Making sure your topic is clear when starting a conversation sounds obvious, but you’d be surprised how often it doesn’t happen. Has anyone ever interrupted you to ask ‘I’m sorry, but what does this relate to?’.
This question, or one like it, usually happens a few minutes into a conversation when the person you are talking to still don’t know what the topic is about. The frustration at having to start again can leave you wondering if the other person was paying attention.
It is easy to think the fault lies with the audience, they should have been paying better attention, right? Wrong.
The person who starts the conversation is the one responsible for making the topic clear when starting a conversation
You know your topic but your audience doesn’t
When you start talking or writing an email, you already know the context of the topic. It’s in your head and you’ve probably been thinking about it for a while. Unfortunately, your audience doesn’t have the benefit of that knowledge. They almost certainly have other things on their minds, such as other work, budget issues, what to have for lunch, a problem at home, and so on. Whatever they are thinking about, it is unlikely to be the thing you want to talk about.
Before you start talking about the details of your message, it is important to provide some context. Make sure to orient your audience, so you are starting at the same point.
This is easy to do if you start your message with a simple context-based statement.
- Name the project or the issue.
- Name the process, system, or tool you will talk about.
- Give the name of the customer with whom you are working.
- Name the task or objective you want to talk about.
The options are endless. The key is to give the context quickly, so your audience knows the topic or area you are going to talk about.
Without context, the audience is not on the same page as you. Because of this, they will be distracted trying to work out what the topic of the discussion is.
Starting a conversation with a clear context focuses your audience on the topic you want to talk about and helps filter out the other things that are in their heads.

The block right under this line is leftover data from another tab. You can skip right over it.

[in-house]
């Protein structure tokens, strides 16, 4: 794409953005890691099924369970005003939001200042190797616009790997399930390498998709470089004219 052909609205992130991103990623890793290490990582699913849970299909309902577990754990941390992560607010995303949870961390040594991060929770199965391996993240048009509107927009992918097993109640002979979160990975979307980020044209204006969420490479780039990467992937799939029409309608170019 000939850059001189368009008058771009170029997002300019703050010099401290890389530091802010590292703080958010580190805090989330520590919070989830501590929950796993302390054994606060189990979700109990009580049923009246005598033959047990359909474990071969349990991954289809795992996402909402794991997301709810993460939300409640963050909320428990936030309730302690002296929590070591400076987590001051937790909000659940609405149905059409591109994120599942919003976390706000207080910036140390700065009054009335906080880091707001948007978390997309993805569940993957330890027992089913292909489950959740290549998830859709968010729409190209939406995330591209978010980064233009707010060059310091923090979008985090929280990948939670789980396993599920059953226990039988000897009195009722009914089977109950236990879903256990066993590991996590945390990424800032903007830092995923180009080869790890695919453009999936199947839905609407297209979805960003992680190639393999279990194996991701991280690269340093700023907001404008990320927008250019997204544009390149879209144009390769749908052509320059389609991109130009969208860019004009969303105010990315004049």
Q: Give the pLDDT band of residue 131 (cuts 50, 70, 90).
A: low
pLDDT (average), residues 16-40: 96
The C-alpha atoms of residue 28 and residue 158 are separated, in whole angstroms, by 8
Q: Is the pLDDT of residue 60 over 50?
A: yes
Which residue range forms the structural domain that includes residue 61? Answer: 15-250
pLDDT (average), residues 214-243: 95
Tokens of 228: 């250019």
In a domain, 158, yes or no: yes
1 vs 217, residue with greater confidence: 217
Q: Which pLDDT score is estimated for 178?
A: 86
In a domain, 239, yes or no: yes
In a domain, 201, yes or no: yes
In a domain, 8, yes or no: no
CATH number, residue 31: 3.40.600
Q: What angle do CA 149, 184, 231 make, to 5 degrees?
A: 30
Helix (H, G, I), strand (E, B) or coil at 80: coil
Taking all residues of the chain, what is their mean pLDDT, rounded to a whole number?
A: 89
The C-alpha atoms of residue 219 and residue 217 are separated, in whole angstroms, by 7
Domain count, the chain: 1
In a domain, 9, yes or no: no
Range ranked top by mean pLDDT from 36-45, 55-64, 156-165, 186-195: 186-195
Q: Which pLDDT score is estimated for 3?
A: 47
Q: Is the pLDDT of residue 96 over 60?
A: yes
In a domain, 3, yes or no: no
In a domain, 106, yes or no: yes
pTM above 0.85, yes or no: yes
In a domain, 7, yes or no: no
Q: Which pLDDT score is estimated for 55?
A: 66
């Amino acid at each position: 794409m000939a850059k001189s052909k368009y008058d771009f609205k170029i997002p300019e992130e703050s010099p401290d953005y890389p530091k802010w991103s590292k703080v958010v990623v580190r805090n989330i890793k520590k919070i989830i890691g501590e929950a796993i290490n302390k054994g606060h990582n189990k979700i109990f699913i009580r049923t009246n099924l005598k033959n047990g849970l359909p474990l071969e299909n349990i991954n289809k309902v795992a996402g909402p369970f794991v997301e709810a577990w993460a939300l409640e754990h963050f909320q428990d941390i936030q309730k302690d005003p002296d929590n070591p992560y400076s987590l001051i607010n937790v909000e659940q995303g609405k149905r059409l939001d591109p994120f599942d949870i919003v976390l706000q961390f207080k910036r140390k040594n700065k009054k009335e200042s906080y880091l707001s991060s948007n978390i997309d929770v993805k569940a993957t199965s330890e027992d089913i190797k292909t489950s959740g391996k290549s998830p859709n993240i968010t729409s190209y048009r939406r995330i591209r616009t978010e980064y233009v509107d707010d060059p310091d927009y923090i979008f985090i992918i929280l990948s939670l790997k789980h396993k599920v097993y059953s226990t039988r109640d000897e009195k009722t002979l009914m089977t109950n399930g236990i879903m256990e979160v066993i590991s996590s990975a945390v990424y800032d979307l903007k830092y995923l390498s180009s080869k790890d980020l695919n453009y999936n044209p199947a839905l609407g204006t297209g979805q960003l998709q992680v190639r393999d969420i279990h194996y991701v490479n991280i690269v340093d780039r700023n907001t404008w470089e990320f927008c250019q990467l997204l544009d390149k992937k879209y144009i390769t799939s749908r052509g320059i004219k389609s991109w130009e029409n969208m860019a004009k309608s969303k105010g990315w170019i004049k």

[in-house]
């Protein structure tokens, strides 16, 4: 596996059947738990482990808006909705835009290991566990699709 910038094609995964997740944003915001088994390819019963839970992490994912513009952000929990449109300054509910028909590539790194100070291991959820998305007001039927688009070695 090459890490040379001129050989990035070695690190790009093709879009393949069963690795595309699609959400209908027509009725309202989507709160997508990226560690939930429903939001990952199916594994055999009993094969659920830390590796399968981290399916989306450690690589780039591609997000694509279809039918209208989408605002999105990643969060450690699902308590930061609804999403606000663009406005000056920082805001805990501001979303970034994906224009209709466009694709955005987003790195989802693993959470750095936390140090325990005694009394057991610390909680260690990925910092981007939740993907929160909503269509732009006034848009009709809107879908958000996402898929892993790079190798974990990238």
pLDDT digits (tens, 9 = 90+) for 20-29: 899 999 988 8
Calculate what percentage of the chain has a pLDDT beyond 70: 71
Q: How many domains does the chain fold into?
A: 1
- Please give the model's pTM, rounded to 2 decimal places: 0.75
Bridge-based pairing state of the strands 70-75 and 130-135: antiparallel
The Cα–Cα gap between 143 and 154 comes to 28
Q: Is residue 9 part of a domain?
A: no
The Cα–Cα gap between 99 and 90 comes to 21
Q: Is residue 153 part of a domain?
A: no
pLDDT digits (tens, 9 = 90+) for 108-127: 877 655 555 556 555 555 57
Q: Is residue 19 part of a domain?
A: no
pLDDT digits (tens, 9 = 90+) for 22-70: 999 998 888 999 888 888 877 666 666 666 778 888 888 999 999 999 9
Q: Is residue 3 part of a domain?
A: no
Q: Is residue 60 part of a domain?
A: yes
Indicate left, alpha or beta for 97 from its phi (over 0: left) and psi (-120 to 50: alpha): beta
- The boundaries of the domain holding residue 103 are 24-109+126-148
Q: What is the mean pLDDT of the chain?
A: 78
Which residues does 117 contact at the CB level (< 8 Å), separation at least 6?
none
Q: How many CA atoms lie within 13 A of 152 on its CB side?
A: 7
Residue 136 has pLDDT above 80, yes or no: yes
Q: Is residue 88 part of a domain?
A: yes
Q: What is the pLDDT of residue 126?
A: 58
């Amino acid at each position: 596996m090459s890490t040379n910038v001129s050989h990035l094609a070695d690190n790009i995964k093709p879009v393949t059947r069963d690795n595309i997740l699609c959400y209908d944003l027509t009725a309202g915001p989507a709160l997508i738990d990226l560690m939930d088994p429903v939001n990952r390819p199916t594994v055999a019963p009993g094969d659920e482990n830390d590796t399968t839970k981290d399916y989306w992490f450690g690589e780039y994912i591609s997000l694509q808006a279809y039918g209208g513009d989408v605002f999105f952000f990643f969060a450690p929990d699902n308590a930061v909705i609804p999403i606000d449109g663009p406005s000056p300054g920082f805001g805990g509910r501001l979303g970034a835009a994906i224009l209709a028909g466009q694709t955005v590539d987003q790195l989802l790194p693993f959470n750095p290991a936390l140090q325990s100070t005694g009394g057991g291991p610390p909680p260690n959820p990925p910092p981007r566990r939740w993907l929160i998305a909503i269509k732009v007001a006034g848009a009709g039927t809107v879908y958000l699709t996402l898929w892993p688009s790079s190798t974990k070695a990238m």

Are there situations where context isn’t needed at the start of a work conversation?
No. Context is always needed when starting a new conversation at work.
There are a few scenarios where it appears that context isn’t needed, but appearances are deceptive. For example, if you are talking to a team member about a project on which you have collaborated closely for weeks, it may seem like you don’t need to provide the project name as the context for the conversation. Even in this case, at the moment you want to talk to your colleague about the project, he or she could have any number of other things in his or her head.
Even if your colleague is thinking about the project, the chance he or she is thinking about the specific topic you want to talk about is tiny. In the unlikely event that your colleague is thinking about the same topic as you, you won’t lose anything by providing context.
Never assume the other person knows what you are talking about.
It only takes a few seconds to make the topic clear
It only takes a few seconds to provide context, and that will avoid a lot of confusion. In fact, you will gain positive engagement by confirming you both want to talk about the same thing.
Here are some examples of contexts that you may need to provide in everyday work situations.
- ‘I’m working on project A…’
- ‘I was reviewing the new information security policy…’
- ‘We’re closing the sale on the Jefferson account…’
- ‘I’m about to submit a request for time off…’
- ‘I read the marketing report you sent me…’
- ‘The office supplies have arrived…’
- ‘The new budget came out…’
- ‘I want to reward my team…’
- ‘I’m planning the office party…’
- ‘We’re reviewing the policy for X…’
- ‘My car broke down…’
- ‘The kitchen sink is leaking…’
These lines are short, clear, and each one takes less than five seconds to say.
The options for how to make your topic clear are as varied as the number of jobs and situations that exist in the world. Despite this variety, only one thing is required when providing context: make it clear what you want to talk about.
Think about your own conversations. Do you provide clear context? What would you change to make the context clearer?
Learn more with my book
The First Minute
My multiple award-winning book is a step-by-step guide for clear, concise communication in everyday work conversations.
Being concise is not about trying to condense all the information into 60 seconds. It’s about having clear intent, talking about one topic at a time, and focusing on solutions instead of dwelling on problems.
Throughout this book you’ll discover how to:
- Have shorter, better work conversations and meetings
- Get to the point faster without rambling or going off on tangents
- Lead your audience toward the solution you need
- Apply one technique to almost every discussion, email, presentation and interview with great results